Real Estate Taxes by State:
The monthly mortgage payment (principal and interest) is the largest component of home ownership. But the taxes on the property are the second highest cost of homeownership and is greatly impacting migration in the U.S.
How does your state stack up?
Real-Estate Property Taxes by State
State Tax Rates as of 2015 (most recent data for all states) source: Wallet Hub
What Happened to Rates Last Week?
Mortgage backed securities (FNMA 3.50 MBS) gained +24 basis points (BPS) from last Friday’s close which caused fixed mortgage rates to move slightly lower from the prior week.
Overview: We had a holiday shortened week. Overall, the limited economic data that hit the markets showed was fairly strong but Friday’ Consumer Price Index showed that core prices (ex the volatile food and energy categories) rose at only 1.7% which is well below the Fed’s target inflation rate of 2.0%. This pushed MBS to their highest levels of the week which means that we saw the lowest mortgage rates of the week right after that report.
Inflation? The Core (ex-food and energy) CPI for September matched the same pace as August which was 1.7%. The market was expecting a slight increase to 1.8%. The headline CPI hit 2.2% which was a good increase from August’s pace of 1.9%. But the bottom line is that the core number is still well below 2% which is favorable to bonds.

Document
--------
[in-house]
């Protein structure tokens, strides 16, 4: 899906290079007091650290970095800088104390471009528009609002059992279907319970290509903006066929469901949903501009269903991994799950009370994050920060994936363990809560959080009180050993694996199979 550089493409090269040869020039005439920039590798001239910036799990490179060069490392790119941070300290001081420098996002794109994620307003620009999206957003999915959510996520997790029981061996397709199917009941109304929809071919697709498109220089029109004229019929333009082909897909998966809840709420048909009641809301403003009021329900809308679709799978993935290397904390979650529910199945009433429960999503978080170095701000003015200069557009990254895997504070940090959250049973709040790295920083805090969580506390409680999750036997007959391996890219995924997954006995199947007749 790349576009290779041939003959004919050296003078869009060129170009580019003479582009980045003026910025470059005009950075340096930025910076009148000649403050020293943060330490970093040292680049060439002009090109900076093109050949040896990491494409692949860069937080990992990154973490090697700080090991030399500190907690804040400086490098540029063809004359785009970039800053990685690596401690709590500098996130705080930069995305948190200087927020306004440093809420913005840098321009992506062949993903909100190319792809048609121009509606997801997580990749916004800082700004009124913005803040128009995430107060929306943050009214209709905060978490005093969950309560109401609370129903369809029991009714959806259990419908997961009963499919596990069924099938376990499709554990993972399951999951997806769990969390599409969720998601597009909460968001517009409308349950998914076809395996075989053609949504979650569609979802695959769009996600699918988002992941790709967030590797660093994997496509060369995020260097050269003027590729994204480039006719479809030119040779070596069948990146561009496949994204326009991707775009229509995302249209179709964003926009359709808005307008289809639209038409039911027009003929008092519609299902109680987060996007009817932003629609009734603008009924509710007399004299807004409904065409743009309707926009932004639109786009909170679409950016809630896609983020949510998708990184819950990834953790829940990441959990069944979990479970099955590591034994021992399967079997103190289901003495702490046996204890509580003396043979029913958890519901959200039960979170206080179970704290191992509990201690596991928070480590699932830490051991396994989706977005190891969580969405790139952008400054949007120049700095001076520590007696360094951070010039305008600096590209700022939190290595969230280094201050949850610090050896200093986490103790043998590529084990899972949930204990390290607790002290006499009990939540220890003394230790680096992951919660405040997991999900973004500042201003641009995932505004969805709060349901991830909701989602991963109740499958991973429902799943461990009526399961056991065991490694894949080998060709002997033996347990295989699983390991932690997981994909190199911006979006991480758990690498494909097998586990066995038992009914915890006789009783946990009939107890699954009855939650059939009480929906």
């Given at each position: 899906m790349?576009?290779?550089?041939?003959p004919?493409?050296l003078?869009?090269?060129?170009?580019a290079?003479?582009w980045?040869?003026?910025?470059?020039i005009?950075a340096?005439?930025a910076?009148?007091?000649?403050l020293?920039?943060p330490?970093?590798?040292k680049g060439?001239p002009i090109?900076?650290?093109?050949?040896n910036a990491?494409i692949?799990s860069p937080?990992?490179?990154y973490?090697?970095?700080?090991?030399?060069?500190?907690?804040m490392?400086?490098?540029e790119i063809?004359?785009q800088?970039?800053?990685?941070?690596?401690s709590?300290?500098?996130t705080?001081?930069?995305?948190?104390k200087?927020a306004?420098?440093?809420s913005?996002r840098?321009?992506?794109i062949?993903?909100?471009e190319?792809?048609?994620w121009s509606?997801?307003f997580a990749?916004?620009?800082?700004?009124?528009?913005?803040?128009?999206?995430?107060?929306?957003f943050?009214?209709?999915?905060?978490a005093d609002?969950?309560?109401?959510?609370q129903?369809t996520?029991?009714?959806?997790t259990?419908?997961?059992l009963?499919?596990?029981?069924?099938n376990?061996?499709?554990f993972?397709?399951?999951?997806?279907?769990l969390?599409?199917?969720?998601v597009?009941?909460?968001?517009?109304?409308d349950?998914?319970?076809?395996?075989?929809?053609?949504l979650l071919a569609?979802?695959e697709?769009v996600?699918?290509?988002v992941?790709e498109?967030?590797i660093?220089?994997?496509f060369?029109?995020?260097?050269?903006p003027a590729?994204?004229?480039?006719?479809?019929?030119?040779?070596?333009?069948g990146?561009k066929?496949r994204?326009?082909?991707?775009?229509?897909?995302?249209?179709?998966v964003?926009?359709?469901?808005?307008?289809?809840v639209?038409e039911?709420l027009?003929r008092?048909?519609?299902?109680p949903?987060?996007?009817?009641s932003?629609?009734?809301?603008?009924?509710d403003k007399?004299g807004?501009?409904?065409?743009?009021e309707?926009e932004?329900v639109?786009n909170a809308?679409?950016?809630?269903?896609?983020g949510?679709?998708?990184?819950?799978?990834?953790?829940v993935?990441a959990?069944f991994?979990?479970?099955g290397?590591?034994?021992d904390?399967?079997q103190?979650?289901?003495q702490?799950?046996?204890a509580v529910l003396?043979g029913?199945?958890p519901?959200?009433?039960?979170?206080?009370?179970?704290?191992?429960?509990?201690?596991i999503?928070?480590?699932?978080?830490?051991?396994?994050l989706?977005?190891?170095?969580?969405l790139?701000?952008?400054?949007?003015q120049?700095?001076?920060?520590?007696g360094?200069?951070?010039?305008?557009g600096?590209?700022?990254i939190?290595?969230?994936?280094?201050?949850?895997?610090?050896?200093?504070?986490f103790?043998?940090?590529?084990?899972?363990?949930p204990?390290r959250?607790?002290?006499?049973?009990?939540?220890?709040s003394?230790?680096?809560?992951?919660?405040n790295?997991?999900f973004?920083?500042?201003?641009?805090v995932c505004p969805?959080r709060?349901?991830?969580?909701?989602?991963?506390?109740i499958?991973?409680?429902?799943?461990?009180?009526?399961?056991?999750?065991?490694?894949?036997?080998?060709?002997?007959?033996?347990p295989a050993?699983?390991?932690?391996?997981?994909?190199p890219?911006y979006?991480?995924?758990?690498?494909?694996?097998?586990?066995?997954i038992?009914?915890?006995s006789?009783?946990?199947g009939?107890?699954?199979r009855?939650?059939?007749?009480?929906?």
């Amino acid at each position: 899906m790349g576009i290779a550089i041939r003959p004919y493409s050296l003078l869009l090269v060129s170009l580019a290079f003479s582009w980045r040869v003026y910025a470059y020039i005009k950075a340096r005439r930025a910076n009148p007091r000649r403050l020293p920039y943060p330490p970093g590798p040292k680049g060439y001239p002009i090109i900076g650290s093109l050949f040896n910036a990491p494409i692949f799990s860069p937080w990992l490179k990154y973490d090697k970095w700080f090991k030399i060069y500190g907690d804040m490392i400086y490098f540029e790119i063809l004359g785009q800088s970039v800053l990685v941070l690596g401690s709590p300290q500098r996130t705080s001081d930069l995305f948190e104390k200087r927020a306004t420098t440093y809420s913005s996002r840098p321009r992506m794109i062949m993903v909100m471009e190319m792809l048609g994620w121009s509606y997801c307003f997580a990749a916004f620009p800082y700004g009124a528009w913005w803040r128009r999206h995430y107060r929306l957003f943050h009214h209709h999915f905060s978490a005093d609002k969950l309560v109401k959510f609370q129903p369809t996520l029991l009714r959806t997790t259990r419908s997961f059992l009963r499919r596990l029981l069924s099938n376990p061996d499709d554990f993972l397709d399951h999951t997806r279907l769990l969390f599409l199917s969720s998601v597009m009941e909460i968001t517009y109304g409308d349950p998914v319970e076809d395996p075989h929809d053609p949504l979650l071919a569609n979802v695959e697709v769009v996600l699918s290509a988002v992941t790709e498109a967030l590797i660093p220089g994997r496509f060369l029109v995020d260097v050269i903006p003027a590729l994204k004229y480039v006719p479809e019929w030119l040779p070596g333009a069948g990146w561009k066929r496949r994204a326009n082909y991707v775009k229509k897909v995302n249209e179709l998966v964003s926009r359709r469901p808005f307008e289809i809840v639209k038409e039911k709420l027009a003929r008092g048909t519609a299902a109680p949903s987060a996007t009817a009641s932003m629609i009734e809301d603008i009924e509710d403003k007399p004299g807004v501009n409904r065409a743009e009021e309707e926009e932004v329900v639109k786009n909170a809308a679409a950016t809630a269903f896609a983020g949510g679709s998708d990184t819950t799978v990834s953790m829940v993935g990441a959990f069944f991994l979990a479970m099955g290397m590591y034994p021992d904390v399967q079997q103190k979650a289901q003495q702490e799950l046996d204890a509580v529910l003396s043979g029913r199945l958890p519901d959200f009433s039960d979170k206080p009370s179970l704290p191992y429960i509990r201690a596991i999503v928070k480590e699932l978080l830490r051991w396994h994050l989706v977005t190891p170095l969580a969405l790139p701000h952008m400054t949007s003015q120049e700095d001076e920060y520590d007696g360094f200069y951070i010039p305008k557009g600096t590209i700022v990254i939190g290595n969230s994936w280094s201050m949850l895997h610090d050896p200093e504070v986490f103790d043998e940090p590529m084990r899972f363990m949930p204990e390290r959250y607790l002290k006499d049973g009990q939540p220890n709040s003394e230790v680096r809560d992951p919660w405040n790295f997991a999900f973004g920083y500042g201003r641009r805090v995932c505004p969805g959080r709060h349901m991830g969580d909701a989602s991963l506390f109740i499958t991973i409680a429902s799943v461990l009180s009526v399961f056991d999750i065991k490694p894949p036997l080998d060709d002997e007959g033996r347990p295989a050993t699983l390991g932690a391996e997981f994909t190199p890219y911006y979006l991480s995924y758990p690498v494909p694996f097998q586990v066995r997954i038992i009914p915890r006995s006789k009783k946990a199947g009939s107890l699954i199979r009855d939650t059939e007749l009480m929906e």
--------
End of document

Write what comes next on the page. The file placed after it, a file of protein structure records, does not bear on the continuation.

Retail Sales: Showed some very solid gains with the ex-Autos number jumping by 1.0% vs est of only 0.3%. However, much of the spike is contributed to buying supplies, etc due to rebuilding from the hurricanes. Headline Retail Sales which includes Autos increased by 1.6% vs est of 1.7%, a slight miss but a big pick up from August’s pace of -0.1%. Consumer Sentiment: Wow! The September data never really showed any type of dip due to the hurricanes and now the preliminary October data is off the charts with a triple digit reading of 101.1 which is the highest readings in 10 years.
Jobs, Jobs, Jobs: The August Job Openings and Labor Turnover Survey (JOLTS) showed a very large amount of unfilled jobs just waiting for skilled workers and hit 6.082M which is a very slight pullback from July’s level of 6.140M but still just below historic highs. This basically means that the labor market will continue to tighten with an Unemployment Rate of only 4.2%, we have a tremendous amount of open jobs and the only way to fill them will be to pilfer employees from a competitor…and in the process pay up to get them to make the switch.
What to Watch Out For This Week: